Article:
A Great New Way to Live in A Shipping Container!
Hard Times for Most, Getting Creative for Others
What People will do to get a great place to live!
This is amazing!!!
About 18 million cargo containers are used each year to transport goods in and out of the US. Because these containers are 9,000 pounds in weight, it takes upwards of 9,000 KWH to melt the steel down to recycle the unneeded cargo containers that pile up. The US in now importing more than exporting goods, so a lot of containers like these are overwelming companies. In a day and age where we are scraping money and resources together just to make ends meet, the idea to make homes form these containers make sense,
You can have a home look like anything you want, even brick and stucko or the orginal ficade the container had on the outside (altough that might frighten your neighbors!). A typical roof is put on top because the original roof wouldn't cover the entire house obviously- just the original container. Consider the following:
- it takes on average 8 months to build a house. A container house can only take 10 weeks to build.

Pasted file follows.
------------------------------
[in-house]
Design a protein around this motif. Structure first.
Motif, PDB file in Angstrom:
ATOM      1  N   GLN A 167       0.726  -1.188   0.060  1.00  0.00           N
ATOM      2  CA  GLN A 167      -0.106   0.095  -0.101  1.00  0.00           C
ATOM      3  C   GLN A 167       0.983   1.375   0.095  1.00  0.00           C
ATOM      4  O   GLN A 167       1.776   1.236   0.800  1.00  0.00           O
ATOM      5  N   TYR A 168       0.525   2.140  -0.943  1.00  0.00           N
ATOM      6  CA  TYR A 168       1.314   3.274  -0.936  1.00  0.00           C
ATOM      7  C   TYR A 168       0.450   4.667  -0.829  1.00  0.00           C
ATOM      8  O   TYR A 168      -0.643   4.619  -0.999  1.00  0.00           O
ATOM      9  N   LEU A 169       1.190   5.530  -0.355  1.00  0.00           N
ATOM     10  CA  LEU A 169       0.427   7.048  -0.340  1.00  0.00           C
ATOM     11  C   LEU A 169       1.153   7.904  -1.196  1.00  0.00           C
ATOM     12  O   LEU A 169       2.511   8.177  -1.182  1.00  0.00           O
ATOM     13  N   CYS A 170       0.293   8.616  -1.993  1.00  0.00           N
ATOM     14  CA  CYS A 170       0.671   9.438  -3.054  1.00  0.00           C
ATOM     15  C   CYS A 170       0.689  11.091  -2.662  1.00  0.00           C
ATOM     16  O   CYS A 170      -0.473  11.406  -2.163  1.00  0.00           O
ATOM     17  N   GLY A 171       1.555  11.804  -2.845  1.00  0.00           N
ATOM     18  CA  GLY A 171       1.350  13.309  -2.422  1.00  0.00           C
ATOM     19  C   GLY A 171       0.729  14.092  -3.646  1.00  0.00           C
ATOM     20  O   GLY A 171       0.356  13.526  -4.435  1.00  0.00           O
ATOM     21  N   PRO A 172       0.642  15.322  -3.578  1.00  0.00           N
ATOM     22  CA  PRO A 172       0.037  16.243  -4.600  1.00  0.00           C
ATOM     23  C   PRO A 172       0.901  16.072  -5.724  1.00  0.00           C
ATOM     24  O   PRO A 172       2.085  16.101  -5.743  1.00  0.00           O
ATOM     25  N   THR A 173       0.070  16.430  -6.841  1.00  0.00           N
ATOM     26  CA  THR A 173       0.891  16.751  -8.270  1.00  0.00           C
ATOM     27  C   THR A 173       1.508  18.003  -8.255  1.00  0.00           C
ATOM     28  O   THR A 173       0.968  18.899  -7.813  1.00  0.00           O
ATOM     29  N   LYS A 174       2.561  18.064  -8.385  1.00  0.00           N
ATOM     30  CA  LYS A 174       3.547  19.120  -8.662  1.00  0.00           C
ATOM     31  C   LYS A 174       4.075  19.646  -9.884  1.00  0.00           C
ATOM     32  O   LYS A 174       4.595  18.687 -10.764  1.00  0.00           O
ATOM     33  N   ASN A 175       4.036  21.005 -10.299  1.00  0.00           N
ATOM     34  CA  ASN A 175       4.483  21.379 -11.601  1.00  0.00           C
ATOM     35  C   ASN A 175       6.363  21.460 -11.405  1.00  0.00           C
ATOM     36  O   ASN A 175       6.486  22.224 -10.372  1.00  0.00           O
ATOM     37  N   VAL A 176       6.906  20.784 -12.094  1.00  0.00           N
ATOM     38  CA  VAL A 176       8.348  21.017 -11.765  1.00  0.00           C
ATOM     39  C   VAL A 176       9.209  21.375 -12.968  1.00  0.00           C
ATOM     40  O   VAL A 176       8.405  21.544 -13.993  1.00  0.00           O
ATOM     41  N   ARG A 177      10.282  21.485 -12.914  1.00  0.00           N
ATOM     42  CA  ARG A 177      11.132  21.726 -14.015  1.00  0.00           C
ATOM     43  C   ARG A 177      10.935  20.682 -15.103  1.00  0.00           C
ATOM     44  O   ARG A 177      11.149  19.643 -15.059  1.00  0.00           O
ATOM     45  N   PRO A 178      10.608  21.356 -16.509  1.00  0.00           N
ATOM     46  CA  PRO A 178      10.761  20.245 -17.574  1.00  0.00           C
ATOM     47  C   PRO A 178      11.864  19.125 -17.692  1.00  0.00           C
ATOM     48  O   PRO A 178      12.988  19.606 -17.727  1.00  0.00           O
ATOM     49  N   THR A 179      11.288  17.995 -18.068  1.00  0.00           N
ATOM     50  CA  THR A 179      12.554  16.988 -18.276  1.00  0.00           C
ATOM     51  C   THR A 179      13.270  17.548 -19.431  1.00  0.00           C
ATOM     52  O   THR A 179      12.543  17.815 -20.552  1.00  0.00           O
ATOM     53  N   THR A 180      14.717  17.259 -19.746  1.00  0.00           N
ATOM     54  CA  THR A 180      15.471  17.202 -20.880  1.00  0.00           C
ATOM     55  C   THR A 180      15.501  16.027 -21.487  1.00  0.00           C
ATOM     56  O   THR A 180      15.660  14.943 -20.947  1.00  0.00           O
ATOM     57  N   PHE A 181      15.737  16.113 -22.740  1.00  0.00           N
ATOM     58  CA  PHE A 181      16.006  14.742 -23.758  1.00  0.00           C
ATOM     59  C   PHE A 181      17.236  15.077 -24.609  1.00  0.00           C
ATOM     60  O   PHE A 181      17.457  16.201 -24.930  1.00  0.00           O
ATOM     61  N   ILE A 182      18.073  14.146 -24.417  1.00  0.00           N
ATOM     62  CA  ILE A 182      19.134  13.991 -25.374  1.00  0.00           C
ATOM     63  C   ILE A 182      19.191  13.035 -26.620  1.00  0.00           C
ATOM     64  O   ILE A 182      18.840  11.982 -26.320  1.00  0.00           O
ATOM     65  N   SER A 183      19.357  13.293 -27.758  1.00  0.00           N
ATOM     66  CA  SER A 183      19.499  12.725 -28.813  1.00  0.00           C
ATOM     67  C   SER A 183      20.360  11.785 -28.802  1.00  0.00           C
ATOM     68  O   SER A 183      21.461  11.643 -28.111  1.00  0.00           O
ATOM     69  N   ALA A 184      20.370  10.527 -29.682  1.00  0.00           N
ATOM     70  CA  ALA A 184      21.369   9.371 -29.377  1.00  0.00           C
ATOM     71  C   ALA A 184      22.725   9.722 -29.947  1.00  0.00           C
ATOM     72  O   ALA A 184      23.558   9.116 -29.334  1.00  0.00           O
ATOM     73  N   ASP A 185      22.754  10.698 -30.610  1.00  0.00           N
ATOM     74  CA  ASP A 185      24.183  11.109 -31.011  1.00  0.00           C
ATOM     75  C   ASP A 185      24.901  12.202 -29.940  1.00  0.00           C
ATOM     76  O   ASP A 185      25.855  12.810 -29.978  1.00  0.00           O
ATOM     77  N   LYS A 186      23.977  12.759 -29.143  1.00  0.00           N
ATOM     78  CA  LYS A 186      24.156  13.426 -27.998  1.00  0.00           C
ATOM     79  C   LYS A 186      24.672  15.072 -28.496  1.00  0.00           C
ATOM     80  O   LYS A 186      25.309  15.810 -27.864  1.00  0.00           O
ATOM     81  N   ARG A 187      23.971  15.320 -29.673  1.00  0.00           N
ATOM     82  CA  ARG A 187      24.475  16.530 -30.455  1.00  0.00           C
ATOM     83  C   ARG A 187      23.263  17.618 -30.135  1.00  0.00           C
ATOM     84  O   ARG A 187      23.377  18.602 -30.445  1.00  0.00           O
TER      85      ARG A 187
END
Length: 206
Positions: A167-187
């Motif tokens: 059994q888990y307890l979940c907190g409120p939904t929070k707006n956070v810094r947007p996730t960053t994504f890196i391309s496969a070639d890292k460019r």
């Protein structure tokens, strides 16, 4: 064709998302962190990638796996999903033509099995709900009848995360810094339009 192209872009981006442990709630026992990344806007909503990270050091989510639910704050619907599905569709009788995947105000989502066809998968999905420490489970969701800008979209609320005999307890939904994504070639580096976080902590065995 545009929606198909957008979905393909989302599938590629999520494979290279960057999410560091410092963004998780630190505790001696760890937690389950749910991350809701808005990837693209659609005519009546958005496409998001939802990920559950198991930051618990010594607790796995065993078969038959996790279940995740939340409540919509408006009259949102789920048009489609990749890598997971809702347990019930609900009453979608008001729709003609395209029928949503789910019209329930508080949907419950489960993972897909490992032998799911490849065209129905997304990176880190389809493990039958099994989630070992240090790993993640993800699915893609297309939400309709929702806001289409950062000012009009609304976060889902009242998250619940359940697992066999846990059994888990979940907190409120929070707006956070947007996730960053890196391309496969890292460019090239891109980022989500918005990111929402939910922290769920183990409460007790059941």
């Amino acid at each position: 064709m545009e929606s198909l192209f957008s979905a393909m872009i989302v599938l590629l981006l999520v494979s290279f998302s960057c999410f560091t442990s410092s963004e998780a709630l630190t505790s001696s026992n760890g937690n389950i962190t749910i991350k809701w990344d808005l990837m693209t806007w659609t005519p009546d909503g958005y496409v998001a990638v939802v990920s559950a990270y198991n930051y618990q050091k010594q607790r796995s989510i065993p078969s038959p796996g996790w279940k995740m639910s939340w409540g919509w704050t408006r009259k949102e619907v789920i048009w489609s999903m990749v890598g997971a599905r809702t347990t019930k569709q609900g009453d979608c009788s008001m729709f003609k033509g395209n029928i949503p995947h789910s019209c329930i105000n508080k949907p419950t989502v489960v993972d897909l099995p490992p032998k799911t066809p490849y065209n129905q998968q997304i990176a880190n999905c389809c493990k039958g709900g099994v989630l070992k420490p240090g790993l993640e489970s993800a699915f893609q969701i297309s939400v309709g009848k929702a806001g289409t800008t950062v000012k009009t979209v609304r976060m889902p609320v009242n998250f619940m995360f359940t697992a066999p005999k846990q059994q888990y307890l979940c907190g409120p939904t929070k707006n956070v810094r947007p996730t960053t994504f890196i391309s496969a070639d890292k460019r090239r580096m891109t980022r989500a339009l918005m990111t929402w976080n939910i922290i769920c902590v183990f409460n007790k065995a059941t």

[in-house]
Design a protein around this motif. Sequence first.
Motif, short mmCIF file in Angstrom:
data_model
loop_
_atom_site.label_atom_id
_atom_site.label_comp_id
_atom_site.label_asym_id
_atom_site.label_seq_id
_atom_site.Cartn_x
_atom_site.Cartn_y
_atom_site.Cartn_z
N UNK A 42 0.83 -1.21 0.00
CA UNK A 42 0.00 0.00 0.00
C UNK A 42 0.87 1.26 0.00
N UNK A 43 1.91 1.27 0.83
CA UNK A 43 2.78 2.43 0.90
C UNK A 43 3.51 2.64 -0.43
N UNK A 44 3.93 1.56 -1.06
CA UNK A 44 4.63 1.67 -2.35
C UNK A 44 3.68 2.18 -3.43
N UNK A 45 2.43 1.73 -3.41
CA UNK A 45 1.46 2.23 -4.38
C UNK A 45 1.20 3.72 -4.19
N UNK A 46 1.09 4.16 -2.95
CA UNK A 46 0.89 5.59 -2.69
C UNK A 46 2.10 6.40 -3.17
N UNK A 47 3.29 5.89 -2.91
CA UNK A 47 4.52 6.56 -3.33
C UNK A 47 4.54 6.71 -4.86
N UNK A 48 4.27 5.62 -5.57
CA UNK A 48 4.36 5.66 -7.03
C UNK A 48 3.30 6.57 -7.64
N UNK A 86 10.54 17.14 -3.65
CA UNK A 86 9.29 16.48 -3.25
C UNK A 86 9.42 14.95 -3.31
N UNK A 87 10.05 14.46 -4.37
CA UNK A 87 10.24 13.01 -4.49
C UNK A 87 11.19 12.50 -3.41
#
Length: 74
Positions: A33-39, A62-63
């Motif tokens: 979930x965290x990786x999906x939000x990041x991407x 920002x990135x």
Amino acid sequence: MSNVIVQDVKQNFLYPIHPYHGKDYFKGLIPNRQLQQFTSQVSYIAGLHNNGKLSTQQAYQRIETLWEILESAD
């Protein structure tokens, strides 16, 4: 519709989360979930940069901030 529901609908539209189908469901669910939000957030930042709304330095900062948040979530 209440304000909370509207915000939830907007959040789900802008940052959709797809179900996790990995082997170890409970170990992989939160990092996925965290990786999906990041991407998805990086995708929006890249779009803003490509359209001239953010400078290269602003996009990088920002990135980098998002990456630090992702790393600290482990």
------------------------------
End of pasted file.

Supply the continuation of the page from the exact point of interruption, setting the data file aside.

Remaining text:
- these containers are built of steel to withstand 60,000 pounds sloshing around at sea which a "stick frame" house could never endure.
- they are termite free and water resistant.
- you can build offices, dorms, barracks or anything your mind sets itself to.
- speed and ease of construction, the container is already made, no need to erect a frame for a house.
- earth friendly: consider the energy saved by transforming a single container into a home, rather than melting it down, can power a standard 70-watt lightbulb for up to 15 years.
- it has a lower carbon footprint and is easier to maintain.
- there is a noise reduction when you consider the above aformentioned points. This is nice if you have rediculous neighbors.
- I am sure if you live in a high crime neighborhood that drive by shootings will not be a huge issue with the protection of a steel home.
What a wonderful way to get a great place to live and recycle our resources! Now, If only we could make prisons, schools, and Walmarts from these things.....
more pictures of container homes
- Recycled homes, one box at a time - CNN.com
Magoline Hazelton is used to people driving by her home just to take a look. She's also known as the "house lady" by her fellow residents in North Charleston, South Carolina.